Concert-goers at California’s Rose Bowl in May 2018 didn’t notice anything out of the ordinary when they attended the latest stop on Taylor Swift’s Reputation Stadium Tour.
According to a Rolling Stone article published December 13, a kiosk at the concert that displayed clips from Swift’s concert rehearsals was set up with ulterior motives. The kiosk contained technology that recorded the faces of passersby. These images were then transmitted nearly 2,000 miles away to an outpost in Nashville, Tennessee, where they were monitored and compared to pictures of hundreds of Taylor Swift stalkers.
Mike Downing, chief security officer of live entertainment security company Oak View Group, said of the facial recognition tech, “Everybody who went by would stop and stare at it, and the software would start working.”
Whether or not the tech was successful in picking out any known stalkers was not revealed. The whereabouts of the recorded footage is unknown as well.
Earlier this year, another concert acted as the background for an attempted criminal capture. In April, a 31-year-old suspect referred to as “Mr. Ao” was apprehended by Chinese police among a crowd of 60,000 people at the Nanchang International Sports Center after he was identified by facial recognition cameras posted at the entrance. Ao was wanted “in connection with an economic dispute.”
If you’re curious as to the legality of these cameras, because most concerts are typically private events, they’re perfectly fine as long as they’re mounted somewhere inside the venue past the security checkpoints. Taylor Swift’s performance is the first publicly known instance of facial recognition being employed at a concert in the US.
However, this is fast becoming a common occurrence in China. In an alleged effort to cut down on crime, the movements of Chinese citizens are tracked nearly everywhere as part of what the BBC has termed “the world’s biggest surveillance network.” The “Xue Liang” (“Sharp Eyes”) monitoring system was reported to consist of 170 million CCTV cameras earlier this year, but that number is expected to balloon to a whopping 570 million by 2021.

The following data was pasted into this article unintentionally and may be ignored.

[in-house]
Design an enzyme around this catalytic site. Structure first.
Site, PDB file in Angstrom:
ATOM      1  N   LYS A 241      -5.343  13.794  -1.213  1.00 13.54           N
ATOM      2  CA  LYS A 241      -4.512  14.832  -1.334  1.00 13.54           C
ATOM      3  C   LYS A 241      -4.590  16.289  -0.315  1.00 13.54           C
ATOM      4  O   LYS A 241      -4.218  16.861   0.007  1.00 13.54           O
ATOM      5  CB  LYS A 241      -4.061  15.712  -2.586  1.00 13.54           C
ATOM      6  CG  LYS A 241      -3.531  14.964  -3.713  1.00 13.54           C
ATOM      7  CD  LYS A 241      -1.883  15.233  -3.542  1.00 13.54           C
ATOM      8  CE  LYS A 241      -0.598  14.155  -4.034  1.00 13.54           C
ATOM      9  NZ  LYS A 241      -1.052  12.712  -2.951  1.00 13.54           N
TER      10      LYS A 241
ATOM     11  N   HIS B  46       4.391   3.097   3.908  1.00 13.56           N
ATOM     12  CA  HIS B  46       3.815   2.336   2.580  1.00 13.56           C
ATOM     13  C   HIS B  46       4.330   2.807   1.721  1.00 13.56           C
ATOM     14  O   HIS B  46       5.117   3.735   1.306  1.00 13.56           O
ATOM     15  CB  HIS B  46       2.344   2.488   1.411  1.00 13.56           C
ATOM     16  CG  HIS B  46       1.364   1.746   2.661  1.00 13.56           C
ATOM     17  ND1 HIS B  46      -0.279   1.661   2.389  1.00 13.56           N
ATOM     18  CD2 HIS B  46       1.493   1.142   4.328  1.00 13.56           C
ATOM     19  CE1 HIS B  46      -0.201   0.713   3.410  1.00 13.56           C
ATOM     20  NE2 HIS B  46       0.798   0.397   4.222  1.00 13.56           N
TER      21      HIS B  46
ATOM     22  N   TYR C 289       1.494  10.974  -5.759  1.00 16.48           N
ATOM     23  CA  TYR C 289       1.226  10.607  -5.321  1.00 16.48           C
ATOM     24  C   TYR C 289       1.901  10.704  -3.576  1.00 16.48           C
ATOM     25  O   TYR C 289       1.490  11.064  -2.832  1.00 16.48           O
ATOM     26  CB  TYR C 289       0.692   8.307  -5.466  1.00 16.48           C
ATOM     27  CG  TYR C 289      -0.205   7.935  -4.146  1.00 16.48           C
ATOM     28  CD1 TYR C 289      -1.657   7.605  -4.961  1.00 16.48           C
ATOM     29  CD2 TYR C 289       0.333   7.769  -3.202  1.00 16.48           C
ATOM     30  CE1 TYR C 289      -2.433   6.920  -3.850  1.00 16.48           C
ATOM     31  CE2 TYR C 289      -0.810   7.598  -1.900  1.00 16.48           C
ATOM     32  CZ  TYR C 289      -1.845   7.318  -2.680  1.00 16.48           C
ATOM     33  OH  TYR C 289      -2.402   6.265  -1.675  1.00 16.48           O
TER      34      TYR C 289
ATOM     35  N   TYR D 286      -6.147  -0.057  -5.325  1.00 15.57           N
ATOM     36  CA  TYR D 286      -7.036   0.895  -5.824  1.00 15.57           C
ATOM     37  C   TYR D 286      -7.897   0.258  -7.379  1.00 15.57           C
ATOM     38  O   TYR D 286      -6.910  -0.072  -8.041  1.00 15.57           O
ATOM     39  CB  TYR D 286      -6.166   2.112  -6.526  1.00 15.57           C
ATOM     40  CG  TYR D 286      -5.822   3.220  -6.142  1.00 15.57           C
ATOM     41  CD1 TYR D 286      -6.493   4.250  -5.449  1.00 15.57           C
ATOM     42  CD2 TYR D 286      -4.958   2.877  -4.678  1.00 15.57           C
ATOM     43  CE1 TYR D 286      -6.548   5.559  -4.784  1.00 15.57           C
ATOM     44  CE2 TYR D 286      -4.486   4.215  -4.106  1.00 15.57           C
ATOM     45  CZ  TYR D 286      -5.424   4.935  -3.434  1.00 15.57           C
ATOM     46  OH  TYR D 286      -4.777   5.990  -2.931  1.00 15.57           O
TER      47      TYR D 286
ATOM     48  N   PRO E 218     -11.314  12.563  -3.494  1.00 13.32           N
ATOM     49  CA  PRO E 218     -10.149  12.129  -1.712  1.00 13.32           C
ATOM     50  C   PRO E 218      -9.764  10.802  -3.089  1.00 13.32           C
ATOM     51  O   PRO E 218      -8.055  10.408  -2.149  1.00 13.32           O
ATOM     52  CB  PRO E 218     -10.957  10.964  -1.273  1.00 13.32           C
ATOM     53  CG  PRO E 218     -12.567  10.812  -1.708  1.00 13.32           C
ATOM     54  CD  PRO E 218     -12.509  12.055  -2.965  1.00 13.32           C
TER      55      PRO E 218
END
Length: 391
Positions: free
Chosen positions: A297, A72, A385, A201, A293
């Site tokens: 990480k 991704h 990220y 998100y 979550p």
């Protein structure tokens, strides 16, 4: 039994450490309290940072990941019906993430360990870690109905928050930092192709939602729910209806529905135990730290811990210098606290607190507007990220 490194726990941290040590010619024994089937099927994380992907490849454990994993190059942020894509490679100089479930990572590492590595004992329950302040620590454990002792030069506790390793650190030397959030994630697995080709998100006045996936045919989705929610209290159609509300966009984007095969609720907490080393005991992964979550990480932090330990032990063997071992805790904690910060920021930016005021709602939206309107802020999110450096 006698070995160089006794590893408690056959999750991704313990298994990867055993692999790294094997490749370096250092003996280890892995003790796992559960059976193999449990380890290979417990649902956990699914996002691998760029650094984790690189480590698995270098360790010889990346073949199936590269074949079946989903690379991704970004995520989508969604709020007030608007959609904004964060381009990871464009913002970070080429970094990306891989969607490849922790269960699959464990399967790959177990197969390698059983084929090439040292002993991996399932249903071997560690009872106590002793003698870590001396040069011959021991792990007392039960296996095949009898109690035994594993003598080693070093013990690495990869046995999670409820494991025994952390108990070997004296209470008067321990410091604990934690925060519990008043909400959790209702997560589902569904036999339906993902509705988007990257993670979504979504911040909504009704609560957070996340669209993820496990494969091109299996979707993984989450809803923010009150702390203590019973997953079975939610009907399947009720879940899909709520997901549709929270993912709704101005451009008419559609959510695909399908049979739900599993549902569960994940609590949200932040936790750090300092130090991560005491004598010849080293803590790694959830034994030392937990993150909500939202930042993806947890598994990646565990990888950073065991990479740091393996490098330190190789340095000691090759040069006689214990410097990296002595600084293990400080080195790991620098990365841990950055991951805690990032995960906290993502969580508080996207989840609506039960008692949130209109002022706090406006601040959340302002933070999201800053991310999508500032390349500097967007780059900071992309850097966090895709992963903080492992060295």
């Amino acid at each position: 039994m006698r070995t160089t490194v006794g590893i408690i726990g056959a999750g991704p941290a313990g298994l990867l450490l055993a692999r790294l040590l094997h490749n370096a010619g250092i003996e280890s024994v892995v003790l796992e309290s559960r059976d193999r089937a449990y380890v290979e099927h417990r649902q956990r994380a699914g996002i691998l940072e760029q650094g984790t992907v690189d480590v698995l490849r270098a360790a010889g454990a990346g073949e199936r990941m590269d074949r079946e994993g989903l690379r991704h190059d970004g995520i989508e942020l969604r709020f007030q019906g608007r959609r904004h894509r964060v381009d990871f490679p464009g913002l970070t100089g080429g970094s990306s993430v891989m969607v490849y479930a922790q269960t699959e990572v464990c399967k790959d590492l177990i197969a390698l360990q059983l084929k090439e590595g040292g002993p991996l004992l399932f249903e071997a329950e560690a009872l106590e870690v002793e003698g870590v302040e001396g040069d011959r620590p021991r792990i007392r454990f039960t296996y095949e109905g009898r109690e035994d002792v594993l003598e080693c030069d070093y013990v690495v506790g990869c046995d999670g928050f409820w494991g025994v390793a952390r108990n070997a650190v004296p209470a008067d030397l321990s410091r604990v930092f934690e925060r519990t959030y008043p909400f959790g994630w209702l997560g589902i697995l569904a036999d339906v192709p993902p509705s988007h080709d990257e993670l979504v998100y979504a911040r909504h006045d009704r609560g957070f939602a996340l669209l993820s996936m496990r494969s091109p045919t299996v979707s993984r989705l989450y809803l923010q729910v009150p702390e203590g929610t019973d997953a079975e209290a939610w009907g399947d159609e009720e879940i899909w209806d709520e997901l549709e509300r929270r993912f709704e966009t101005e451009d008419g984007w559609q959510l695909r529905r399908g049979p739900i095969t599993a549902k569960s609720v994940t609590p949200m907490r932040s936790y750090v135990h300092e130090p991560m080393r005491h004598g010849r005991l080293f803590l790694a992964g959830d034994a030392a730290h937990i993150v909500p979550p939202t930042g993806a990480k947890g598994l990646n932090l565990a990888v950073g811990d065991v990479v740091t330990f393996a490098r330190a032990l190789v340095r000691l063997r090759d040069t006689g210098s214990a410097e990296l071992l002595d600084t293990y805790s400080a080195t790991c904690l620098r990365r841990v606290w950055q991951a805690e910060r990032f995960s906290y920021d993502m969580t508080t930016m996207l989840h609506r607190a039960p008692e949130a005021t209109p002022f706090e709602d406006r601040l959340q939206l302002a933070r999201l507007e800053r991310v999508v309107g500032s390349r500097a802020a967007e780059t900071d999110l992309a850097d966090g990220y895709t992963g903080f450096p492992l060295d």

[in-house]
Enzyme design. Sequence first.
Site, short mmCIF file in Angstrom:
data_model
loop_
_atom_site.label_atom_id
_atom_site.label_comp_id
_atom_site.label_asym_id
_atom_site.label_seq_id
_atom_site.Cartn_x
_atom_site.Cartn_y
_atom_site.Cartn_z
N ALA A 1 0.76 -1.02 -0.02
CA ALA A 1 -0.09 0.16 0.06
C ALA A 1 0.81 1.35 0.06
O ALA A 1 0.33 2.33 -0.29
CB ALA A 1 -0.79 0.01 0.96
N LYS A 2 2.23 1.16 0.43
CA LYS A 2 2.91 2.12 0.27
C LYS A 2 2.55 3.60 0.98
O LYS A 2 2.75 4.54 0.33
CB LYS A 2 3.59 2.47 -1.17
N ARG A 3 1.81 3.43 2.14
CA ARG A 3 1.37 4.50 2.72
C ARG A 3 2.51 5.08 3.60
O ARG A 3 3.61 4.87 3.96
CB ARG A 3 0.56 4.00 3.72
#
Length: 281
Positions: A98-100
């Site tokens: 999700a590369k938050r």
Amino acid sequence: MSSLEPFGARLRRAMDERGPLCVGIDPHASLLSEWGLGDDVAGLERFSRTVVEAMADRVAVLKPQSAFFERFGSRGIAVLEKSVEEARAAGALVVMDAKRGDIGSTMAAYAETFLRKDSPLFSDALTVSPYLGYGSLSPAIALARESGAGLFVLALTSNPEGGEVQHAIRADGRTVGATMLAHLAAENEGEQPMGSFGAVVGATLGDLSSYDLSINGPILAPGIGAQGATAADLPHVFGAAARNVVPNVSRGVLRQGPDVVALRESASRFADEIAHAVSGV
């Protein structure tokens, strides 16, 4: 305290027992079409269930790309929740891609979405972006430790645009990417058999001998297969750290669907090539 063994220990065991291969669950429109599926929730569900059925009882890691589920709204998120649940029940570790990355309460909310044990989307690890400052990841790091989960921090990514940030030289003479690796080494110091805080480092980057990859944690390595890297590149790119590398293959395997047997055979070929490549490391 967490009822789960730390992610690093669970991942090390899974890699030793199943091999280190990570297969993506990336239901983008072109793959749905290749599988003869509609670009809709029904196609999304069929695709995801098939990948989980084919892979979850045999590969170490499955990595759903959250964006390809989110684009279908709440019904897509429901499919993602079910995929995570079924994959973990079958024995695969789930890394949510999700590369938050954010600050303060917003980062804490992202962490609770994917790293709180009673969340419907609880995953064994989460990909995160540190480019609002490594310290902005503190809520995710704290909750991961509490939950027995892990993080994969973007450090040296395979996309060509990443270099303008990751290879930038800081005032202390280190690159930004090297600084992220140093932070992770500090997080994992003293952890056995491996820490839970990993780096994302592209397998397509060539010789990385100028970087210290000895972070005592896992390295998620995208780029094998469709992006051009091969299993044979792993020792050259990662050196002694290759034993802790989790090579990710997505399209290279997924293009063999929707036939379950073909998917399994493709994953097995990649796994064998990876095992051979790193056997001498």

What’s truly remarkable in all of this is the ability of these cameras to pick out a single individual in a crowd of thousands with such precision. China has also supposedly used the tech to arrest 25 fugitives at a beer festival and to catch multiple criminals in the country’s subways.
Although this is a novel concept to us right now, there may come a day when we won’t have a second thought about having our faces recorded in such a public space. If Live Nation and Ticketmaster’s vision comes to fruition, people will no longer use physical tickets to attend live entertainment events. Ticketmaster is currently developing the technology for a system that would grant admission based on a facial scan connected to your venue seat.
What are your thoughts on this subject? What do you think will happen to the concept of “privacy” in a future where facial recognition is an everyday norm?